AsianScientist (Jun. 27, 2016) – “Wow, liberal arts… So what do you study there? Painting? Drawing?”
I’ve been asked the above question so often that I’ve now come to expect it. Three years ago, I was among the first cohort of students joining Singapore’s first liberal arts college, Yale-NUS College, co-founded by Yale University and the National University of Singapore (NUS).
I suppose I should have expected such misconceptions. After all, the liberal arts is a concept more familiar to the US than Asia.
In recent decades, however, the liberal arts degree has only become increasingly popular on our side of the Pacific. Besides Singapore, universities in Hong Kong, South Korea and Japan are also making major investments in liberal arts education as an alternative to their highly specialized degrees.
The Godwin Global Liberal Education Inventory, developed in 2014 by Kara Godwin of Boston College as part of her PhD dissertation, is a database of 183 non-US liberal arts degree programs. At 37 percent, Asia accounted for the highest proportion of liberal arts colleges outside the US.
The liberal arts through history
The liberal arts goes back to the the time of ancient Romans. ‘Arts’ is derived from the Latin word artes, meaning a systematic body of knowledge. ‘Liberal,’ on the other hand, stems from the Latin word liberalis, which means ‘appropriate for free men.’ The liberal arts curriculum—originally comprising of grammar, rhetoric and logic—was considered to be crucial for the civic duty and flourishing of any free citizen.
Today, the scope of a liberal arts education has expanded to include all manner of subjects from the humanities, social sciences and sciences. Not all liberal arts curriculums look the same, but all of them encourage small class sizes and a broad exploration across diverse academic disciplines. As a Yale-NUS student, my declared major constitutes but a third of my courses. This flexibility has allowed me to write poetry, code for statistical models, edit the genes of flies and even more still—all beyond my major in psychology.
Despite its evolution through the centuries, the underlying motivation for a liberal arts education has remained largely similar: to develop an individual—not just for work, but for a fruitful, well-lived life.
Pericles Lewis, the founding president of Yale-NUS College, shares with Asian Scientist Magazine, “[The broad-based foundation of a liberal arts education] prepares students with good intellectual habits, such as critical thinking, cultural sensitivity and adaptability, and imparts skills that contribute to their employability, and which are just as important to their long-term leadership potential.”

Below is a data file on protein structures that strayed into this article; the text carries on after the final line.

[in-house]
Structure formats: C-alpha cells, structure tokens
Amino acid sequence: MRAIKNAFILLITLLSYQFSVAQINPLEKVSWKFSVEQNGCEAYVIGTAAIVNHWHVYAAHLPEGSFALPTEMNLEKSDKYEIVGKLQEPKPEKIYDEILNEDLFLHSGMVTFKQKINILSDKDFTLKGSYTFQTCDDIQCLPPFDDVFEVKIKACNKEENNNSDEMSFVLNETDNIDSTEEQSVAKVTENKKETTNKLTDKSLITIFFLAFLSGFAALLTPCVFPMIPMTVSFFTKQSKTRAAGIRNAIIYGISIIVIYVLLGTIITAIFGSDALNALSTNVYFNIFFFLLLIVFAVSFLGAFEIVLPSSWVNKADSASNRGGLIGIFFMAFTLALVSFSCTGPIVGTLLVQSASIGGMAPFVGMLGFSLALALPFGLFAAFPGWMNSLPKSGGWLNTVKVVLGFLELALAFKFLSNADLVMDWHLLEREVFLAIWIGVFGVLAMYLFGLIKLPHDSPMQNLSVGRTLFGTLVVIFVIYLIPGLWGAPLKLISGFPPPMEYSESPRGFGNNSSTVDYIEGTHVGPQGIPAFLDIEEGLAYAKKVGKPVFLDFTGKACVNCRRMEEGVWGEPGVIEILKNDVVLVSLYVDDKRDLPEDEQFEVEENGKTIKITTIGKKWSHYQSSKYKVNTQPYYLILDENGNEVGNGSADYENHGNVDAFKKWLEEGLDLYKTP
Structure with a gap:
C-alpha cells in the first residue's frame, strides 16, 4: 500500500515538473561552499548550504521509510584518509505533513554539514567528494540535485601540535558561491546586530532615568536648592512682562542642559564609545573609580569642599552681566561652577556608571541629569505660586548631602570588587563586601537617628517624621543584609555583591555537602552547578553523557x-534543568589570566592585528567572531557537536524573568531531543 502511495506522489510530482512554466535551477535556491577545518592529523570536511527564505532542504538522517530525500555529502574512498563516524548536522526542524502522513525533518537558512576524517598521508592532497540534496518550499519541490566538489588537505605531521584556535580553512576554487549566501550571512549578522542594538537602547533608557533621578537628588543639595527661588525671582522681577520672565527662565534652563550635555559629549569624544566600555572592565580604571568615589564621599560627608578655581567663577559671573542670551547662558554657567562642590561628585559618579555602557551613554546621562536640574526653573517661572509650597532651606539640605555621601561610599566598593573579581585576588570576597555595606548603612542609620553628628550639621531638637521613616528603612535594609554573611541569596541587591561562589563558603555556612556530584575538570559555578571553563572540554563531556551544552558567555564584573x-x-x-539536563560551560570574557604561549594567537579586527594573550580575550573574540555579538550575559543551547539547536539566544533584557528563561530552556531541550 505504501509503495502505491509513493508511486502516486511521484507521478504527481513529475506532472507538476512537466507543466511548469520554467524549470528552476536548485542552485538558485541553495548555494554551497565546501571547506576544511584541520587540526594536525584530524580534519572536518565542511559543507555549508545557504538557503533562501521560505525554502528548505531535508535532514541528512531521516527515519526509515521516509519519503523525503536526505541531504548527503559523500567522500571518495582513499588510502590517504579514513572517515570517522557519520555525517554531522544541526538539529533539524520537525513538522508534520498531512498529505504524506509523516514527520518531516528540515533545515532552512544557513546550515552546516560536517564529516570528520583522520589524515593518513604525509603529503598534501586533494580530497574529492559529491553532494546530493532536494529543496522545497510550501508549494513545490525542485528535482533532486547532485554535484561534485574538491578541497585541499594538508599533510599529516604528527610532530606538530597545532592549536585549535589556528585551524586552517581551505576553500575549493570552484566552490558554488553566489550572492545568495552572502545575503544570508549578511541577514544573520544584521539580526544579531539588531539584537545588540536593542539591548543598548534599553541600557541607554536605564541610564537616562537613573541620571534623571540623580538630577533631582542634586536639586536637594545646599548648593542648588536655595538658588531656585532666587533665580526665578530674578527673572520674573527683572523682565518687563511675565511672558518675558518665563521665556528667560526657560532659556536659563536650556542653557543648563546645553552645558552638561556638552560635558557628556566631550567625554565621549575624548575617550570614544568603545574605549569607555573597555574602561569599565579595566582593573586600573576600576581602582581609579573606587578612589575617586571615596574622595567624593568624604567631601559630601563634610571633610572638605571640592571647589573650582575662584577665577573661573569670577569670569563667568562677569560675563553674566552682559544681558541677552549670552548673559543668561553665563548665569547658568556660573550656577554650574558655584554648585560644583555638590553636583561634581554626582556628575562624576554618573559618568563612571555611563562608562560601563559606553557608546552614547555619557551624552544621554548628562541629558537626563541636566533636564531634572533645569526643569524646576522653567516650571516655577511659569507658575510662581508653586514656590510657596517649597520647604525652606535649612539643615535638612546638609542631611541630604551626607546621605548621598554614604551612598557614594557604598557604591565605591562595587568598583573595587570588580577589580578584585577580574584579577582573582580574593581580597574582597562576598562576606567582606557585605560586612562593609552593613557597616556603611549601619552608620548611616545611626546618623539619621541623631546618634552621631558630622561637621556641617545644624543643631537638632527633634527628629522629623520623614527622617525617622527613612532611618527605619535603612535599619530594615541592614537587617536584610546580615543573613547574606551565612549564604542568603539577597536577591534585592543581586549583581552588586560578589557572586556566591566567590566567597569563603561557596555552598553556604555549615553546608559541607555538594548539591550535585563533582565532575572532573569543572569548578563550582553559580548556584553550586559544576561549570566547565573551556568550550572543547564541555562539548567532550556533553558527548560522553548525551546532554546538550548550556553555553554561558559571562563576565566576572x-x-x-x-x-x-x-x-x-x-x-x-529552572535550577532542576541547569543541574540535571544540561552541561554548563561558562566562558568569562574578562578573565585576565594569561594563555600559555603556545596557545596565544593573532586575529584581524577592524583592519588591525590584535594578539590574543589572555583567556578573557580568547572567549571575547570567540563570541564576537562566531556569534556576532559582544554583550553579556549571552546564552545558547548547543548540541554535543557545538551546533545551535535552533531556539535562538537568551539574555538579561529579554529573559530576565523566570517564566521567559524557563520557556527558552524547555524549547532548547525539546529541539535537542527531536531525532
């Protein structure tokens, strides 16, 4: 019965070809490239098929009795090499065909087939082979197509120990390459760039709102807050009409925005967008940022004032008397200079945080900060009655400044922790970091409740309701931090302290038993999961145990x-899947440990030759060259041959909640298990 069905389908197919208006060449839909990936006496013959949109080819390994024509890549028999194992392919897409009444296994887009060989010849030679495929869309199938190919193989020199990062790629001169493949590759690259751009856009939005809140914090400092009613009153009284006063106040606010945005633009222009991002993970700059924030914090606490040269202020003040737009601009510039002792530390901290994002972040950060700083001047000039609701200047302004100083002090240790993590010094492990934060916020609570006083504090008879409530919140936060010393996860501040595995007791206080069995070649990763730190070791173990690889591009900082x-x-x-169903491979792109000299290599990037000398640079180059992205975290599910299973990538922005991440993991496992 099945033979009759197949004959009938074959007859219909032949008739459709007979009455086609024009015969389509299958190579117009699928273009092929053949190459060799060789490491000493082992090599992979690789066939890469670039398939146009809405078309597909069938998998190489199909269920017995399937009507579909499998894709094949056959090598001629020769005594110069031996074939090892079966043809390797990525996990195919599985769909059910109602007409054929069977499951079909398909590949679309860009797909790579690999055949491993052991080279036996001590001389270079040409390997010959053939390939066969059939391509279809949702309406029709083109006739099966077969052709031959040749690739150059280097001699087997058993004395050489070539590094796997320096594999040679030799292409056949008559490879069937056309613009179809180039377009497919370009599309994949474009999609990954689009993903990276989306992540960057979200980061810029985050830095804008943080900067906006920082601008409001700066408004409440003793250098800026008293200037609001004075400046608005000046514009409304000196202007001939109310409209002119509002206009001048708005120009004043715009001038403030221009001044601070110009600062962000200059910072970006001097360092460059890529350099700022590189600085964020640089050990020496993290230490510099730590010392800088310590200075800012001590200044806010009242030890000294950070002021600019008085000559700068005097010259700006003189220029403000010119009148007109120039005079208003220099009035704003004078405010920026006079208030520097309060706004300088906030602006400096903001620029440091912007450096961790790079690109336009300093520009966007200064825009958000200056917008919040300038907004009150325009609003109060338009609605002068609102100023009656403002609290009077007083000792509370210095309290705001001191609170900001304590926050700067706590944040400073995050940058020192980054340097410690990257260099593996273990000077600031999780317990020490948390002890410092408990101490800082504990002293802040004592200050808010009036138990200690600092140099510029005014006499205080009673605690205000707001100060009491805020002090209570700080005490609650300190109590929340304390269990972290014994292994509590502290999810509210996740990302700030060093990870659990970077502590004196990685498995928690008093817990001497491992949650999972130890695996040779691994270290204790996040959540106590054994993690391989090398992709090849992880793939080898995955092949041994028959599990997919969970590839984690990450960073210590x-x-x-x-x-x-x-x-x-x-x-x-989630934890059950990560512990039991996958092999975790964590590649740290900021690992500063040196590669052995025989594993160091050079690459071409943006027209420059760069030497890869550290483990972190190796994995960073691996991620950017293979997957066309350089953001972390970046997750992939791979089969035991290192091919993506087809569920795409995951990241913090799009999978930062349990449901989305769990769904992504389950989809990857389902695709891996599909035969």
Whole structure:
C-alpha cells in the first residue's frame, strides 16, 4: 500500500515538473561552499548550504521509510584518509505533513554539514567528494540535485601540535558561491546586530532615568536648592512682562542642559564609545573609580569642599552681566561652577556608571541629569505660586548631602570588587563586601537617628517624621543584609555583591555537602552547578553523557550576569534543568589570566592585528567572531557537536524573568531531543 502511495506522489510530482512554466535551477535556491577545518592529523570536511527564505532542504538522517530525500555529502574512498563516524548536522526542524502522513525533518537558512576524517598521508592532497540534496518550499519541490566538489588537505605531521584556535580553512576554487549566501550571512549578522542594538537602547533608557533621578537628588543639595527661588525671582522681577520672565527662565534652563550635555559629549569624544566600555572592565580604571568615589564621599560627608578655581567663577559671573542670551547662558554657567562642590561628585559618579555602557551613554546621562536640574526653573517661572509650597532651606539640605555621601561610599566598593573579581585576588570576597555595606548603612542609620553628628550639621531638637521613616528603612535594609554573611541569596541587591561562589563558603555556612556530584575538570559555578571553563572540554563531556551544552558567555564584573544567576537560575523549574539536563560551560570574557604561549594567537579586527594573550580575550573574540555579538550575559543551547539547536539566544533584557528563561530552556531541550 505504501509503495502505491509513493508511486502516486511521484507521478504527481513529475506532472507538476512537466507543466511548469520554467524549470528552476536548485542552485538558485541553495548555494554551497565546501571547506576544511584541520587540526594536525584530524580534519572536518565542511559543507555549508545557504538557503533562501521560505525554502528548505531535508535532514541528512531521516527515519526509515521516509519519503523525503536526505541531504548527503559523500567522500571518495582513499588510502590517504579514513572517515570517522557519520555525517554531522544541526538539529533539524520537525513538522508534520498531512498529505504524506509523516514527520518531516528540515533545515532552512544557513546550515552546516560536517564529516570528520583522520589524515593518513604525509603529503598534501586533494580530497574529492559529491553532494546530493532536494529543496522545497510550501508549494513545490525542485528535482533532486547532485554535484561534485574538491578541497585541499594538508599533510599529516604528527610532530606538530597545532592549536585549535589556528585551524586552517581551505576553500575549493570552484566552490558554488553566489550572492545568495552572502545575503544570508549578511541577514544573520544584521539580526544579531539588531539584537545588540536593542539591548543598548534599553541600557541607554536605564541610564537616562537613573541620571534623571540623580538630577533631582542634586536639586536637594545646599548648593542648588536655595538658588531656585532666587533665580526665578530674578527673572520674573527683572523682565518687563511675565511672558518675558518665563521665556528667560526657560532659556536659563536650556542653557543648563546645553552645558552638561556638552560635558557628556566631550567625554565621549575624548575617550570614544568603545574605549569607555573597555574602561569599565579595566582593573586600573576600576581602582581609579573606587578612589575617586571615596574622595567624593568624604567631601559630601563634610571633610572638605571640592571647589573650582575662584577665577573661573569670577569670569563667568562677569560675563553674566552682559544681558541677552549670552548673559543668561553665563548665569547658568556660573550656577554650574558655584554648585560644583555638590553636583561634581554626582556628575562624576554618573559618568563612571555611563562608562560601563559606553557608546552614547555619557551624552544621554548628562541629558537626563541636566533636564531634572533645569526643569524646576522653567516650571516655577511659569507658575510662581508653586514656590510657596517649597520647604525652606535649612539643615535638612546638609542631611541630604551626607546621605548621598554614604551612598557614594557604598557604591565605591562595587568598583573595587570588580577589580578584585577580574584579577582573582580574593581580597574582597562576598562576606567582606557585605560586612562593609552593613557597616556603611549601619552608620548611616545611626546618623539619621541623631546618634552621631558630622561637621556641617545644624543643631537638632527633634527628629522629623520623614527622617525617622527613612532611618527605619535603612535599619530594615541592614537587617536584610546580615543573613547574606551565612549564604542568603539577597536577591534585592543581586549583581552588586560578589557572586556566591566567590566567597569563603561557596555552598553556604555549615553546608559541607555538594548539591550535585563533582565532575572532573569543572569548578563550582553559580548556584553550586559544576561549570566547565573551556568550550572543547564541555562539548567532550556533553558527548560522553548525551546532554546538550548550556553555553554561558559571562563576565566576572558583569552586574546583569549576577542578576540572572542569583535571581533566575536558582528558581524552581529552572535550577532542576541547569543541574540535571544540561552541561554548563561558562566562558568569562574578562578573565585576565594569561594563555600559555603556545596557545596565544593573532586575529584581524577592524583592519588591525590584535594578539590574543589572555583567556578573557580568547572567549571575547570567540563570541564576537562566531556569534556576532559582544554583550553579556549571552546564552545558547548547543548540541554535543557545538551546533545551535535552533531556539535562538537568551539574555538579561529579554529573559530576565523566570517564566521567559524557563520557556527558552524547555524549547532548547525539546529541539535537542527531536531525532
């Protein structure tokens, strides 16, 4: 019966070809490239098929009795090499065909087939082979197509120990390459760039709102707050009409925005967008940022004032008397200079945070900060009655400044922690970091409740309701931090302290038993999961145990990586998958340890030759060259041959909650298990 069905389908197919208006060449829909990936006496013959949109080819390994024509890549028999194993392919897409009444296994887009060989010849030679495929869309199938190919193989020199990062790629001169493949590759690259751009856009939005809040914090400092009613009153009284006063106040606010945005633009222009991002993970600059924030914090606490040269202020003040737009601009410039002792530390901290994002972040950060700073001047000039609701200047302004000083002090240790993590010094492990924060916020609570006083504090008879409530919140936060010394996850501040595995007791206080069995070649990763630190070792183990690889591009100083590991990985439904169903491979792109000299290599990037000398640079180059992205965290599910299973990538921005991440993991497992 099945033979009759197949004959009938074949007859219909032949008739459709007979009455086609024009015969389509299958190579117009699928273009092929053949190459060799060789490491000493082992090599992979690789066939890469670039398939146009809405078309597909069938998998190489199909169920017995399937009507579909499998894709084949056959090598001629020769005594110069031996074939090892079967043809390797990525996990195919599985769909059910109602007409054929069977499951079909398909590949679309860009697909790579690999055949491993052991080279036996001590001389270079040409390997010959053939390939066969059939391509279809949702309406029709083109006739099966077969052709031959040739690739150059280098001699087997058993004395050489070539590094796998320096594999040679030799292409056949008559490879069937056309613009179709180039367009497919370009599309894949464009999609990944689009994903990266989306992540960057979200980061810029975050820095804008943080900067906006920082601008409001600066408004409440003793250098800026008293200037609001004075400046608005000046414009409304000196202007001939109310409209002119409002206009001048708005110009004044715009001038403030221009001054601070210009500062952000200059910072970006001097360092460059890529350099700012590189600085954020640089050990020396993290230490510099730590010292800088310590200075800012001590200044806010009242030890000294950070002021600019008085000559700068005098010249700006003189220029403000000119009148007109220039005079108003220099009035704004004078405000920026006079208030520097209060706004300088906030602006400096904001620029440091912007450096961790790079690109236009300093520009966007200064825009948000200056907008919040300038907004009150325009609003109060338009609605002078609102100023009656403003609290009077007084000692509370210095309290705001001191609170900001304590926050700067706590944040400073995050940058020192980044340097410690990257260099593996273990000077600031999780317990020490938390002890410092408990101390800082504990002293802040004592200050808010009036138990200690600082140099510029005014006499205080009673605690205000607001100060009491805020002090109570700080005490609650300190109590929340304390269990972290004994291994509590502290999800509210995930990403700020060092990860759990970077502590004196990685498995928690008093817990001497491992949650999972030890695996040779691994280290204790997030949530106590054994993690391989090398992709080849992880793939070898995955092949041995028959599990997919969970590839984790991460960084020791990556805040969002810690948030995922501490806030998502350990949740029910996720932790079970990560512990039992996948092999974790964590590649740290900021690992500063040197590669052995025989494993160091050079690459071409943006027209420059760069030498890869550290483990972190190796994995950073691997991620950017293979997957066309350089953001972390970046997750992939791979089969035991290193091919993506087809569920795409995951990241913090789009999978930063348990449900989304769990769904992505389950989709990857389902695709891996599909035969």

The marketability of a liberal arts degree
To many, the liberal arts movement in Asia might seem unusual. While Asia is highly diverse, professional degrees have traditionally been valued at a premium—often due to the higher earning power and job stability that comes along with being a doctor, lawyer or engineer. The liberal arts curriculum, on the other hand, is distinctly non-vocational; students thus graduate with general degrees. As a result, some people worry that liberal arts graduates will eventually turn out less sought after and less well paid.
While comprehensive statistics have yet to be collected in Asia, studies in the US have shown how such fears may indeed be valid. In 2014, the Association of American Colleges and Universities (AAC&U) released a report comparing the incomes of liberal arts degree holders against the incomes of professional and pre-professional degree holders. During the years directly after college, liberal arts graduates earned roughly US$5,000 less per annum as compared to their professional and pre-professional peers.
This, however, is only part of the story. When the same report compared salaries between both groups at peak earning ages (between 56 to 60), it was found that liberal arts graduates from the humanities and social sciences earned around US$2,000 more per annum than those who had specialized early.
Liberal arts graduates who majored in science or math showed an even more drastic increase in earning power, with an average annual income that was US$22,000 higher than that of their professional degree contemporaries. Such a reversal can be explained by how half of liberal arts graduates in science and math eventually go on to do advanced degrees, as opposed to only a third of professional degree holders. NEXT PAGE >>>